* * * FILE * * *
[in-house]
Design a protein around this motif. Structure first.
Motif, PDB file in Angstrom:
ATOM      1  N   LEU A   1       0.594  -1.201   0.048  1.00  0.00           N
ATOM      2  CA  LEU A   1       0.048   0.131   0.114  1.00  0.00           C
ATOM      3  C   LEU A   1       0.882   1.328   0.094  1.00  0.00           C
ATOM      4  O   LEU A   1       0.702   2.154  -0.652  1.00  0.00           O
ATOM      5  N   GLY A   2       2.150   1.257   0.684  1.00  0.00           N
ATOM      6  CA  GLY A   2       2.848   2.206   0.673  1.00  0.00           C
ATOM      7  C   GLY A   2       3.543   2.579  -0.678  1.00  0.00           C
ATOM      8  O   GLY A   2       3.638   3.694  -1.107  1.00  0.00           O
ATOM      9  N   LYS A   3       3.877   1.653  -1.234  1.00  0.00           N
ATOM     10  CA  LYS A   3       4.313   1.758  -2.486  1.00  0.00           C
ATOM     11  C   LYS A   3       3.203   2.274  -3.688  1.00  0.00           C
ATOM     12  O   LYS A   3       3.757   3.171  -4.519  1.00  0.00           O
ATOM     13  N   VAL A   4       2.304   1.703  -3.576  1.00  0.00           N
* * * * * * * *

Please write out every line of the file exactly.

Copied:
[in-house]
Design a protein around this motif. Structure first.
Motif, PDB file in Angstrom:
ATOM      1  N   LEU A   1       0.594  -1.201   0.048  1.00  0.00           N
ATOM      2  CA  LEU A   1       0.048   0.131   0.114  1.00  0.00           C
ATOM      3  C   LEU A   1       0.882   1.328   0.094  1.00  0.00           C
ATOM      4  O   LEU A   1       0.702   2.154  -0.652  1.00  0.00           O
ATOM      5  N   GLY A   2       2.150   1.257   0.684  1.00  0.00           N
ATOM      6  CA  GLY A   2       2.848   2.206   0.673  1.00  0.00           C
ATOM      7  C   GLY A   2       3.543   2.579  -0.678  1.00  0.00           C
ATOM      8  O   GLY A   2       3.638   3.694  -1.107  1.00  0.00           O
ATOM      9  N   LYS A   3       3.877   1.653  -1.234  1.00  0.00           N
ATOM     10  CA  LYS A   3       4.313   1.758  -2.486  1.00  0.00           C
ATOM     11  C   LYS A   3       3.203   2.274  -3.688  1.00  0.00           C
ATOM     12  O   LYS A   3       3.757   3.171  -4.519  1.00  0.00           O
ATOM     13  N   VAL A   4       2.304   1.703  -3.576  1.00  0.00           N